Another case in point concerns two papers in the curriculum of Political Science. In the third and fourth semester, Political Science honors students take the prerequisite papers on ‘International Organization’ and ‘International Politics’ respectively. The issue here is that the latter should be taken in the third semester and the former in the fourth semester. How can students understand international organization when they aren’t even aware of the basic fundamentals of international politics essential for understanding the theoretical and practical underpinnings of international organizations? This is equivalent to putting the cart before the horse! Furthermore, even some of the topics within international organization are superfluous such as ‘the League of Nations.’ I do not know of any educational institutions anywhere in the world where so much weight (20/100) is given to an obsolete topic.

I could certainly go on citing more examples but that would be needless. And mind you, these are not isolated cases. Cases such as these pervade Sociology, History, Education, and Anthropology. Additionally, each syllabus is permeated with the terms ‘nature, scope, meaning, and significance’ further solidifying the ‘learn-by-heart’ culture of education. What can be ascertained is that the curricula have been so structured that they, implicitly or explicitly, highlight the prominence of memorization stemming from the gratuitous enormity of the dated syllabi, where importance is given to quantity of facts shoved down the students’ throats rather than reasoning or understanding.

What’s more, when the state government, assisted by inept faculties of the state university, decides on a top-down basis on how education should be structured, operated and what curricula should be implemented, as is the case in Nagaland, then one must not expect such educational arrangement to be first-rated or even second-rated. Rather such is a breeding ground for mediocrity, for state government committees with their command and control structure, isolate and alienate both the teachers and the learners. And in most cases, learning and education altogether cease to exist.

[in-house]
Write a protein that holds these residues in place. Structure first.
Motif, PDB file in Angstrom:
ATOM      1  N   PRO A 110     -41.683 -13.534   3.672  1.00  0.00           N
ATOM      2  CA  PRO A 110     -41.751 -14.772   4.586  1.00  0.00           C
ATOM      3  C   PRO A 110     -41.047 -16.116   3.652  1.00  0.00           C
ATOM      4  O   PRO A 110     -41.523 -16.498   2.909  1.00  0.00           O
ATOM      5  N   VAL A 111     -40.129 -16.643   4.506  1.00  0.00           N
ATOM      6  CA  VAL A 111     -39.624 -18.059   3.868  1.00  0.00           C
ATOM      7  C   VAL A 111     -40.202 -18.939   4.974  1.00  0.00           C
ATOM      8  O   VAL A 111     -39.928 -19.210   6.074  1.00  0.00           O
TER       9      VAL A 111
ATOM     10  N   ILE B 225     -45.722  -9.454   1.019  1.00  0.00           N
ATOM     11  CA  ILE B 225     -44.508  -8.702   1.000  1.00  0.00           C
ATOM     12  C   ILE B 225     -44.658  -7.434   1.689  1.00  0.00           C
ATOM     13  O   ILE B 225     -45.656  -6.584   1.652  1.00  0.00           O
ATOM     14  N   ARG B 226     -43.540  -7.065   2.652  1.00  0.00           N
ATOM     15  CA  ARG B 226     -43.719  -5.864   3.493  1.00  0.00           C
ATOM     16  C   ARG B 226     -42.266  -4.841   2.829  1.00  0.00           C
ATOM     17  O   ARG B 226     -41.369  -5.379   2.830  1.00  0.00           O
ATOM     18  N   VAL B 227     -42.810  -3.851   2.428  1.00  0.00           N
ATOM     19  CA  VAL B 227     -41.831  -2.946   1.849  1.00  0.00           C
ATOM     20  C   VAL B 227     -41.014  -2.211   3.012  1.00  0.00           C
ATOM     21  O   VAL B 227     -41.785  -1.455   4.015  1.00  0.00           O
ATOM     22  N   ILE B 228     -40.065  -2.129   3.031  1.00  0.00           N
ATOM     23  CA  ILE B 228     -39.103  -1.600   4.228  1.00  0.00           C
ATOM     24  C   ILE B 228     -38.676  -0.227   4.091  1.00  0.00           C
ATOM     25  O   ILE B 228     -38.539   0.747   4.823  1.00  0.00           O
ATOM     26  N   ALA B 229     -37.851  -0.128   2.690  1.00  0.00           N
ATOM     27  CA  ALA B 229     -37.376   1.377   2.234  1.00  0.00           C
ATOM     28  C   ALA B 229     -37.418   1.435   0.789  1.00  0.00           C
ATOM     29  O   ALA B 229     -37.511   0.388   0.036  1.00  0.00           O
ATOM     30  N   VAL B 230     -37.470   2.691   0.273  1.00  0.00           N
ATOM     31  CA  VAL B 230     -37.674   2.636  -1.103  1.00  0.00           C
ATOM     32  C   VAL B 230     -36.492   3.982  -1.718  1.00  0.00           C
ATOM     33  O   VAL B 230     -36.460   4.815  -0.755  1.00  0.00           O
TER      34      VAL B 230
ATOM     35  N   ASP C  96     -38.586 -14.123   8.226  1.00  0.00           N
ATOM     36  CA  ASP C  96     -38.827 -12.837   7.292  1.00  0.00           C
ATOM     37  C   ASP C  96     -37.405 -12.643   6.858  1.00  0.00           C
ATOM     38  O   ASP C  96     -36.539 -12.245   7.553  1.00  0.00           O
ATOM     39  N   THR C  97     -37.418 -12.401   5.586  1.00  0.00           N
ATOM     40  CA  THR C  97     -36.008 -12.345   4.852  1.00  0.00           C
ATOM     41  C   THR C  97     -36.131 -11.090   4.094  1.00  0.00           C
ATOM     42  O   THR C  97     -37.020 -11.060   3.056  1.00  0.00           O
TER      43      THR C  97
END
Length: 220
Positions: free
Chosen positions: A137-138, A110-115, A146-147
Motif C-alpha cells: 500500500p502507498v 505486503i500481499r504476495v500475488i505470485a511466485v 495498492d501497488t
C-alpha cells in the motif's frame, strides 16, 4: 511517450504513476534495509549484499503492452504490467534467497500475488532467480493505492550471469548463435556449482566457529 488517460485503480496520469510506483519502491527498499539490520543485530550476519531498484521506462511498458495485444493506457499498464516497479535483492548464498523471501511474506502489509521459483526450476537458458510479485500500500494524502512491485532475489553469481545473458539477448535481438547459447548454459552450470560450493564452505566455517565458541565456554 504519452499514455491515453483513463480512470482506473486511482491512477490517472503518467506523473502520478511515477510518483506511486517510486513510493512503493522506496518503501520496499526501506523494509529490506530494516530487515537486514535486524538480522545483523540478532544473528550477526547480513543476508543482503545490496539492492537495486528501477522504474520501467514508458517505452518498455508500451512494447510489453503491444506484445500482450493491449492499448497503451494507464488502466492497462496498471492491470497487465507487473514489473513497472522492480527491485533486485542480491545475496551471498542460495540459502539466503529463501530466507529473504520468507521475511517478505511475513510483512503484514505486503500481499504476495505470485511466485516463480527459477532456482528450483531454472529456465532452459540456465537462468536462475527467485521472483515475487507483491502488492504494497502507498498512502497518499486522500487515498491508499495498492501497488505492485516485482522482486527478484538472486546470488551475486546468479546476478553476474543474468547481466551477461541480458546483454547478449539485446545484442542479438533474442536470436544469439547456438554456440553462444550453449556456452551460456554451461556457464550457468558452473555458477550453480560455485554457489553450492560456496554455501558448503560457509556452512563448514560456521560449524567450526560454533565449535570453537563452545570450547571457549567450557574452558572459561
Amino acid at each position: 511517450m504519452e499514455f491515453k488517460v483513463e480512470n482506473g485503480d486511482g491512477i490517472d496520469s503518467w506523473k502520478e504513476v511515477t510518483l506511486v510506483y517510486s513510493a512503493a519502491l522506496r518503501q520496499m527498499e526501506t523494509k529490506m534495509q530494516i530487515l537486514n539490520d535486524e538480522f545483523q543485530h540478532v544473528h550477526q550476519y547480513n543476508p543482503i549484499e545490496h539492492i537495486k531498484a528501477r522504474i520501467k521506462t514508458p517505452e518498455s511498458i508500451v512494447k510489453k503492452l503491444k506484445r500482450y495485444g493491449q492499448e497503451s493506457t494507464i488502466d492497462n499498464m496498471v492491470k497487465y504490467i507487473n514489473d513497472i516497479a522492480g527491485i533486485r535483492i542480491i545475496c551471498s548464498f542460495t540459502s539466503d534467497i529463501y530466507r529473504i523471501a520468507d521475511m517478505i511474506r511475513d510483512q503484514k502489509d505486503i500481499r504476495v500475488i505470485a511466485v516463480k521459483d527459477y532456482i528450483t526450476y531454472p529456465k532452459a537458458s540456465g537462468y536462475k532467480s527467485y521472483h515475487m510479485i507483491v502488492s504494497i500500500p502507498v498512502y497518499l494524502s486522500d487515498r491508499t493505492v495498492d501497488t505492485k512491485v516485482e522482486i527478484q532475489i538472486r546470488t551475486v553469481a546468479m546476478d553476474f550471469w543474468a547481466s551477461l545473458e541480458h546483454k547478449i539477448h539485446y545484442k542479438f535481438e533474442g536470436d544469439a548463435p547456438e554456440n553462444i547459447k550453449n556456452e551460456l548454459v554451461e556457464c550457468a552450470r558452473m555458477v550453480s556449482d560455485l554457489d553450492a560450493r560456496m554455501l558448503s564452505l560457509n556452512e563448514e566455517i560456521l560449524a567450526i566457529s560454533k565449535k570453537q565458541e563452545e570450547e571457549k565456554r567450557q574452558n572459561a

Lastly, because of the curricula and the structure of education, quality of teachers becomes ancillary. Certainly, there is no shortage of qualified teachers; however, ‘qualified’ does not mean Quality. The issue here is, the present system in place to judge the ‘quality’ is faulty. Just because teachers have a Ph.D., M.Phil, NET, etc., it does not mean they have the ‘Quality.’ Rather they are products of a system where they’ve been trained to memorize and aver from reasoning. What’s more, this culture perpetuates itself unto the next generation and so on.

Readers would have realized that each problem feeds off the other. They are in cyclical relationship perpetuating the noxious system of education that puts an end to the hopes and aspirations of countless students. No doubt, aforementioned problems can be remedied, yet they nevertheless require concrete efforts on the part of the teachers, students, colleges, and society.

I hope readers will graciously forgive me if I have given any cause for offense, for that is not my intent. After all, this is just a pensive rumination of a concerned teacher on the future of his students.


Degree of Thought is a weekly community column initiated by Tetso College in partnership with The Morung Express. Degree of Thought will delve into the social, cultural, political and educational issues around us. The views expressed here do not reflect the opinion of the institution. Tetso College is a NAAC Accredited UGC recognized Commerce and Arts College. The editors are Dr. Hewasa Lorin, Anjan Behera, Dr. Salikyu Sangtam, Nivibo Yiki, and Kvulo Lorin. For feedback or comments please email: dot@tetsocollege.org.